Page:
The system could theoretically be used by a single operator to ensure a safe flight plan or by an operator of a whole – and potentially automated - fleet of UAVs. Part of PK’s plan involves various deployment models depending on where the drones are being flown. Operations could be mobile or static, use GPS or satellite – depending on whether drones are being flown in densely populated urban areas or near infrastructure such as airports, or out in more remote regions.


How to enable an industry?

PK is keen to highlight this is a potential solution for law-abiding businesses, and not designed to deal with troublemakers. “The system will not take over any drone, that's not the intent of it. It’s a management system, not a control system.”

“I don't think that's the right way to do it, taking control. Taking over for law and order, is a totally different issue,” he says. “For the rogue operators near key assets like 10 Downing Street or the White House, you may have to have a separate surveillance system that would track and catch the non-cooperative targets.

“We only do prototypes, so NASA is not in the business of operating this, neither are we going to have a commercial product, NASA's not going to sell it.” Wishing not to speculate, the final decisions over how, if and when the UTM system will be deployed is up to the FAA. “We look at this as a research project, not necessarily implementation-ready stuff. But we have a huge support, collaboration and interest from everyone to see how this experiment runs.”

Currently in “Build 2” testing phase and trialling testing BLOS flight, the project also has approval from the industry; over 100 parties registered an interest in working with NASA on this, 11 partners were involved in “Build 1” testing.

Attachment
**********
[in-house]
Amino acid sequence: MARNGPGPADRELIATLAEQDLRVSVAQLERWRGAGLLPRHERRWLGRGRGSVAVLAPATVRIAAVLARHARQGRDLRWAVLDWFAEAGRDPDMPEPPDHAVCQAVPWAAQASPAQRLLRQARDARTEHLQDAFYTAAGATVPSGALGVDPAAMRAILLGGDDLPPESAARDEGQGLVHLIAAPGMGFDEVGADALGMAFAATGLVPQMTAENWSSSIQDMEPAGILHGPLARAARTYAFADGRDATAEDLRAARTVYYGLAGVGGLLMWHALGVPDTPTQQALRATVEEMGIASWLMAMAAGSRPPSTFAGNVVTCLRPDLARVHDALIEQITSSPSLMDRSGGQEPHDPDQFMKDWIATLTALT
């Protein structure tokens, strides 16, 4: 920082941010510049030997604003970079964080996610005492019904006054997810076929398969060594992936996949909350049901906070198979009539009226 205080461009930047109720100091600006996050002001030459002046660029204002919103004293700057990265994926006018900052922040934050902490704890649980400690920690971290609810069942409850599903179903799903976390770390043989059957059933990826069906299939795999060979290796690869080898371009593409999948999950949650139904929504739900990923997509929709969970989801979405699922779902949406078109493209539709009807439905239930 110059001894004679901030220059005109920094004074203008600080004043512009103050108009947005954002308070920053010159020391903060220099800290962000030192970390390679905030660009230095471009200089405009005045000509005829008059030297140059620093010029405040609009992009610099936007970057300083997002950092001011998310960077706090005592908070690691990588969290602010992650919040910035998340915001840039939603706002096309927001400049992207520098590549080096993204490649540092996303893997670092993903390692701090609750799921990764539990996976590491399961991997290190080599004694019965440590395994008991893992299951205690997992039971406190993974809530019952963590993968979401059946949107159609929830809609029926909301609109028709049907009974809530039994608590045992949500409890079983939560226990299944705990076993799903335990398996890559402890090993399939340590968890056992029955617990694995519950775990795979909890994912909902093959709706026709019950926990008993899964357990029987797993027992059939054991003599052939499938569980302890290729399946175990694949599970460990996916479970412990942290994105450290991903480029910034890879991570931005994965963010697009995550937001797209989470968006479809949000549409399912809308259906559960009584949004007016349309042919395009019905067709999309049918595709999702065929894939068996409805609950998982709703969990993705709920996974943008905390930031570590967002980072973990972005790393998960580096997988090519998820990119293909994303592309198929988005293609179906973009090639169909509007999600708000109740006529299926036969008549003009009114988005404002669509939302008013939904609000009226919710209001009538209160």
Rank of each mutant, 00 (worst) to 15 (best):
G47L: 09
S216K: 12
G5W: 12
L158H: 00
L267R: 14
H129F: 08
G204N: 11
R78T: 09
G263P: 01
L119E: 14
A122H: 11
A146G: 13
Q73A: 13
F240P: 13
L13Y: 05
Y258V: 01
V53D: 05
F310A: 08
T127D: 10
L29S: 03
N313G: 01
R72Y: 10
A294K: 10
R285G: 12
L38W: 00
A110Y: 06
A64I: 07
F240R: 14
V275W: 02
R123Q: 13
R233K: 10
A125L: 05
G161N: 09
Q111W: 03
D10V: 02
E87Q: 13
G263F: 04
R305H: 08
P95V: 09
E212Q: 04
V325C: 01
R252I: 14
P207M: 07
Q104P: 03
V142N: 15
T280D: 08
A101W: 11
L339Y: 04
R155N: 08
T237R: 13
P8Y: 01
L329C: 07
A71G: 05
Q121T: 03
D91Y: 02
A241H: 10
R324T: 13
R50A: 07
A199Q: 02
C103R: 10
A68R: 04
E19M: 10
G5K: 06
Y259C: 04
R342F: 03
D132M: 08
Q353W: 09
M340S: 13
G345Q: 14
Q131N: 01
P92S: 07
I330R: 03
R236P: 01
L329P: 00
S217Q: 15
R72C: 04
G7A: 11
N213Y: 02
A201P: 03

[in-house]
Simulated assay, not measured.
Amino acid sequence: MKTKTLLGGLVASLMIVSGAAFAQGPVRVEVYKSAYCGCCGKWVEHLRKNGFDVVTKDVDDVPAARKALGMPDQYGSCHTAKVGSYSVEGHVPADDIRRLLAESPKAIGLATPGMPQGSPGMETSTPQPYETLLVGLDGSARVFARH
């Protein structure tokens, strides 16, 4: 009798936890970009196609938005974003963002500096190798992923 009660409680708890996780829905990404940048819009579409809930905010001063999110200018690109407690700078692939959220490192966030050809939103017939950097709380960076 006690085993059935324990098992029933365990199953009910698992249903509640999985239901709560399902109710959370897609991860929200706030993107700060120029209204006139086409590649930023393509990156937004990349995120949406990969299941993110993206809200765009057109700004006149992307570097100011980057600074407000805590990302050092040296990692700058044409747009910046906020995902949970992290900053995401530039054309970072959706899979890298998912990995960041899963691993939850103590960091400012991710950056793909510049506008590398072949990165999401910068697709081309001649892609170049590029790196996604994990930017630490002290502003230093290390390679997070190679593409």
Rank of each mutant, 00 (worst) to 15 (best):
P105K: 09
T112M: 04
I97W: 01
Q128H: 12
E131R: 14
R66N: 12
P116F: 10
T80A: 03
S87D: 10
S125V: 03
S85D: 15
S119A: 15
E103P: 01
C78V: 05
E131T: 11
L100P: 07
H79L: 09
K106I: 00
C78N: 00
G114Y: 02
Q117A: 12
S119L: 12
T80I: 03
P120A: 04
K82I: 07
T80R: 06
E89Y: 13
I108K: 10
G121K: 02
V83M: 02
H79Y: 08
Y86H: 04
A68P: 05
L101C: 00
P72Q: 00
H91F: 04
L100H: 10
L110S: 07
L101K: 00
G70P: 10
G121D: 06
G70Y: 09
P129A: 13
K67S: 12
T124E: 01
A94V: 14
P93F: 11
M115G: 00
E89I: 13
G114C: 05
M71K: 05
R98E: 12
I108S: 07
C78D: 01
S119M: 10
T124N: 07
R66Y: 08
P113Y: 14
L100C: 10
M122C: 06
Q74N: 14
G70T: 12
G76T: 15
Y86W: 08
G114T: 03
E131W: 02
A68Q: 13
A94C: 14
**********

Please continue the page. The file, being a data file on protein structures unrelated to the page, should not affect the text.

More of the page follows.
When asked about regulations, PK is wary to get involved. “That's a question best answered by the commercial entities. I think they would say they would benefit from a rule or regulating or guidance on how they can operate Beyond Visual Line of Sight.”

“The rules are there because there is no system to support them. We need to demonstrate that, with some system, operations and protocol, we can go safely beyond visual line of sight. The onus is on research houses like NASA to demonstrate this, to show that this really works and maintains safety.”

Does Amazon moving testing to Canada show there’s tension between industry and government though? “I don't know if I would say that. I can only speak for what we at NASA are doing, but there isn't any tension with anybody else.”

“I would put it in a more positive way that there is pretty good growing awareness of regulatory needs as to what the business needs and the potential for drones to make a positive impact. Our goal is to enable an entire industry.”


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Dan Swinhoe

Dan is a journalist at CSO Online. Previously he was Senior Staff Writer at IDG Connect.